Members' Assembly FAQs - Member-Wide Consultation

Members' Assembly FAQs

Members' Assembly FAQs

Members’ assembly FAQs:


Why are we doing this members’ assembly?


What’s the difference between a member and a witness for the members’ assembly?


What’s the advisory group’s role?


What will the assembly decide?


What will happen after the assembly?


Why was the National Centre for Social Research (NatCen) appointed to run the assembly?


What due diligence was done before signing the contract? 


Did NatCen ‘no platform’ an academic?


How will language be used: will people be asked to use terminology they disagree with, shut down for stating their beliefs, or expected to tolerate derogatory or offensive language?


Will there be any guidance for branch officers?

 

Why are we doing this members’ assembly? 

In 2018 we had a debate at conference about whether we should adopt a policy that called for people to be able to legally self-identify as a different gender to the sex they were assigned or registered with at birth; identify as non-binary in law; and lower the age of legally changing one’s gender to 16. We also debated an amendment that called for the Equality Act 2010 to be upheld, including exceptions that allow for single sex spaces to exclude people with the characteristic 'gender reassignment' in certain circumstances. Instead of voting on the proposal, it was referred back to the Policy Committee for a member-wide consultation.

The Policy Committee, with input from the Steering Committee, came up with a model that aims to build consensus, by allowing members to listen to different perspectives, and work together to make recommendations about whether to change our current policies in light of the debate.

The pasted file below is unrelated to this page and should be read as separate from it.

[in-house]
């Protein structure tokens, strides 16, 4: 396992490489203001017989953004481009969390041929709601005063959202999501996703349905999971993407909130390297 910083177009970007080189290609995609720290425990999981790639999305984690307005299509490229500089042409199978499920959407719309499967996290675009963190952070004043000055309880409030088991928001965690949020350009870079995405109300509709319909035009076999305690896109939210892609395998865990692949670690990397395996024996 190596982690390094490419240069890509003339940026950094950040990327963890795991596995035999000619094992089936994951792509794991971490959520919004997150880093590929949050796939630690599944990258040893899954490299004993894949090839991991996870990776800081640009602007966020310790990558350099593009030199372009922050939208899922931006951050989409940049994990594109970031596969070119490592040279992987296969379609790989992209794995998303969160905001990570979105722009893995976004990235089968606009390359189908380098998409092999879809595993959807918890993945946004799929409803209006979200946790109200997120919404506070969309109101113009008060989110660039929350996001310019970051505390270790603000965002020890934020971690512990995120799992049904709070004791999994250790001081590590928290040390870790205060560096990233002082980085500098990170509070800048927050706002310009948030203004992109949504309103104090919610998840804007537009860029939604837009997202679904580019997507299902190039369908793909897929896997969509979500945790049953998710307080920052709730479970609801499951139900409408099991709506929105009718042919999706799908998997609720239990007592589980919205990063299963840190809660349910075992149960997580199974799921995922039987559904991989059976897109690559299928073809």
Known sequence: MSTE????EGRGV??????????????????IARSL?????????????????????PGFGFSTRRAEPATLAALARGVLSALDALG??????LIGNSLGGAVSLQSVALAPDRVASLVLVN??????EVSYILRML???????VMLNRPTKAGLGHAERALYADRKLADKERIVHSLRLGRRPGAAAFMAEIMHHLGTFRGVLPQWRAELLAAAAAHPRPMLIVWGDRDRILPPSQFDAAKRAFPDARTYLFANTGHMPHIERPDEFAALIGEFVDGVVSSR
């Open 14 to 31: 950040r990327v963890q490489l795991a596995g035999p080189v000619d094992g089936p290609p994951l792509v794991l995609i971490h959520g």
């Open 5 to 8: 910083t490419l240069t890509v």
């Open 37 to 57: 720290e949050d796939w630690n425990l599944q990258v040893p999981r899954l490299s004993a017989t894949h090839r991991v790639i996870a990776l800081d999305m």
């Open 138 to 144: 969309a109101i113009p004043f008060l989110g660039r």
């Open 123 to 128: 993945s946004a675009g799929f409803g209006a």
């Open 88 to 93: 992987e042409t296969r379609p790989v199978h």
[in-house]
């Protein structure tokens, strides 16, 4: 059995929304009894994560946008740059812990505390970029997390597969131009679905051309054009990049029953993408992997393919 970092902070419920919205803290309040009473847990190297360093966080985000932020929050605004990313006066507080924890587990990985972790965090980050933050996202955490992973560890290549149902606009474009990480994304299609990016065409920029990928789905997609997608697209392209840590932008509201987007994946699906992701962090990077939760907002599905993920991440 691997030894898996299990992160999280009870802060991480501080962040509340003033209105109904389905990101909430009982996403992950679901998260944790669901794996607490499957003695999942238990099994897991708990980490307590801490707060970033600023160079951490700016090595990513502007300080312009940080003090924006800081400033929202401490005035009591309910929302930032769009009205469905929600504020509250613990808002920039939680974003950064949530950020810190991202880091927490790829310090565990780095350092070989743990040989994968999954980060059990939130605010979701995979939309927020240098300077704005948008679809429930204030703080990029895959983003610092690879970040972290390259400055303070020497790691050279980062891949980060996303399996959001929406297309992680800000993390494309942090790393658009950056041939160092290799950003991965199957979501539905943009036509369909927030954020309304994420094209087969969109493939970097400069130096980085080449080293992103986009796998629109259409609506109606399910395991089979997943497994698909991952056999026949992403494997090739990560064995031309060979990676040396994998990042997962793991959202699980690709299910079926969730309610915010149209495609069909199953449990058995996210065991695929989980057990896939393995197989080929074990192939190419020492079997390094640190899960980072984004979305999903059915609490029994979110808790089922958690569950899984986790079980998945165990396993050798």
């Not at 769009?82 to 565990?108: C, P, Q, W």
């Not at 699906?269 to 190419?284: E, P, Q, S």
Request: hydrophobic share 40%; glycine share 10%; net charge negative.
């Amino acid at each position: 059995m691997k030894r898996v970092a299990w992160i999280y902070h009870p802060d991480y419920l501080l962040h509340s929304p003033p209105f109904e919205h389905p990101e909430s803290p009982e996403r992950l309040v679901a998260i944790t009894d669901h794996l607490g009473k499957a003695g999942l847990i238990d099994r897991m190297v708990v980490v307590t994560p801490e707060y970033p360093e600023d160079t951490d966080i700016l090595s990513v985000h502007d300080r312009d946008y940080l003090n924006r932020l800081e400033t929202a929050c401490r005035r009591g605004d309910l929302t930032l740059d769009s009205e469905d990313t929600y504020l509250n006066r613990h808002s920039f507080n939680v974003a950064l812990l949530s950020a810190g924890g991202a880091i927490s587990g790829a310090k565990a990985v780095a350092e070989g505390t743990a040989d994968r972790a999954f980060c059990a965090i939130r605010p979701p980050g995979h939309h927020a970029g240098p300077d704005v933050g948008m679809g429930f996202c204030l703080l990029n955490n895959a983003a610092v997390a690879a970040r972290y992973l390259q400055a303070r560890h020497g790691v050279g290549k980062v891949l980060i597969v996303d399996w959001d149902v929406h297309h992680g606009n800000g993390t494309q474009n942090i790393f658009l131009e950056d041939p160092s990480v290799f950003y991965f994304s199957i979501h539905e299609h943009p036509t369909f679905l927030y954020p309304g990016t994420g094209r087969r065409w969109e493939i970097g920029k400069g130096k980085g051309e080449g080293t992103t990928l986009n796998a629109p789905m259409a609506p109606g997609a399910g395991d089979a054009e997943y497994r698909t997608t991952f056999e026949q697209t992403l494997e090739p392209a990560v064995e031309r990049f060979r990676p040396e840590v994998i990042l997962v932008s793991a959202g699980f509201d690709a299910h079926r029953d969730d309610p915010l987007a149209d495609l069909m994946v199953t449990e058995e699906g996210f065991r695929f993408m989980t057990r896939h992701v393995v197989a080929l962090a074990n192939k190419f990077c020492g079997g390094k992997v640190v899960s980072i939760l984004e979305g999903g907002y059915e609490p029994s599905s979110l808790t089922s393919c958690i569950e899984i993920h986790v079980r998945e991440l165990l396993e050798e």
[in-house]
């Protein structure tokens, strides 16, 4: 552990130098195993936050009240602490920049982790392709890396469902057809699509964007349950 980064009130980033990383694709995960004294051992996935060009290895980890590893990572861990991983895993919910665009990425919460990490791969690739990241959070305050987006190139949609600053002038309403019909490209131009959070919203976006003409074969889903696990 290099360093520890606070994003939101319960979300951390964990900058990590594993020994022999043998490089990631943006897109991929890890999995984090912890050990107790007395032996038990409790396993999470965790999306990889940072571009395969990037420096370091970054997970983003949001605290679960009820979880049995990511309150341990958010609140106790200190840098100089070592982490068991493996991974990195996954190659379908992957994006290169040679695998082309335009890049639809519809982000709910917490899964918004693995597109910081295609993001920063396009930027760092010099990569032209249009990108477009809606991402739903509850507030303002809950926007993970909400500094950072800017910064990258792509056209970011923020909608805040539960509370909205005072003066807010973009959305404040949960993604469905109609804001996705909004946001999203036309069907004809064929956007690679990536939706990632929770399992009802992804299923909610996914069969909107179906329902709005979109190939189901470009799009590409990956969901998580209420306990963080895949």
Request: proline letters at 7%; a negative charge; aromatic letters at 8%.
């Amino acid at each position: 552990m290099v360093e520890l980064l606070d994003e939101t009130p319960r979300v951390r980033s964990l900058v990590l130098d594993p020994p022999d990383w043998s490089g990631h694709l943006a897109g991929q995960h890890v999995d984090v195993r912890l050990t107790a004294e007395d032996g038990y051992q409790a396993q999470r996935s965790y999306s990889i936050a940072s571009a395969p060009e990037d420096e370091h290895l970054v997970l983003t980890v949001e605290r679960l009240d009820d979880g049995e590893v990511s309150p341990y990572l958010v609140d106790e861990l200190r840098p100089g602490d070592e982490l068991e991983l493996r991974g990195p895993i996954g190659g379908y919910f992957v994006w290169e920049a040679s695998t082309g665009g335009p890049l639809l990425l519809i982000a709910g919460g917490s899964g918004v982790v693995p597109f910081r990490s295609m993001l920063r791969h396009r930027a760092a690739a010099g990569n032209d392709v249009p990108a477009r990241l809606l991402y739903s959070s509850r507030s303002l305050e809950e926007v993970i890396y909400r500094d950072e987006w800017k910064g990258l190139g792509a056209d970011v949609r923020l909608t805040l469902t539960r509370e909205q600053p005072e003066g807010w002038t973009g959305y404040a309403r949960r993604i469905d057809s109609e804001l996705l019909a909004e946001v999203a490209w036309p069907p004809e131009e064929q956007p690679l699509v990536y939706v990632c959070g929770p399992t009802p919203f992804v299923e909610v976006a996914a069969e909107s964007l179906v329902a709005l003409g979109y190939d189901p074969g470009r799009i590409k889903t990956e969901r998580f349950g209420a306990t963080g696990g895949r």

What’s the difference between a member and a witness for the members’ assembly? 

There will be around 60 members of the assembly, who are selected from the people who filled out a survey we sent to members in August. They are all members of the party, and will go through all three stages of the assembly to decide if and what recommendations to make about our policies.

Witnesses are the people who will present information to the members. There are likely to be around 18 witnesses, covering a range of topics from a range of perspectives.

The witnesses will have an opportunity to present information either prerecorded or live, and assembly members will have a chance to ask them clarifying questions (so long as they are available). Delivering a short presentation of evidence or personal testimony is the only role that witnesses have in the assembly. Witnesses can give a particular opinion or perspective, and the advisory group is responsible for ensuring that assembly members hear a balance of views.

Assembly members, having heard the evidence and testimonies, then meet in small groups to discuss what they have heard, work out what they think it means, and then go on to make recommendations about our policies.

What’s the advisory group’s role? 

The advisory group is responsible for providing witnesses and shaping the questions put to assembly members. They sit outside the process but make important decisions about it. Essentially, the advisory group directs the content of the things the assembly members are exposed to, and NatCen delivers the process using expert facilitators.

What will the assembly decide?

We don’t yet know what the assembly members will decide. But the possibilities are that none of our policies need to change, or that some do, and they will recommend what those changes should be.


What will happen after the assembly?

We will have a session at conference where we report on what has happened and what, if any, recommendations have been made by the assembly. We hope that some members of the assembly will come to conference and share their experiences of being part of it.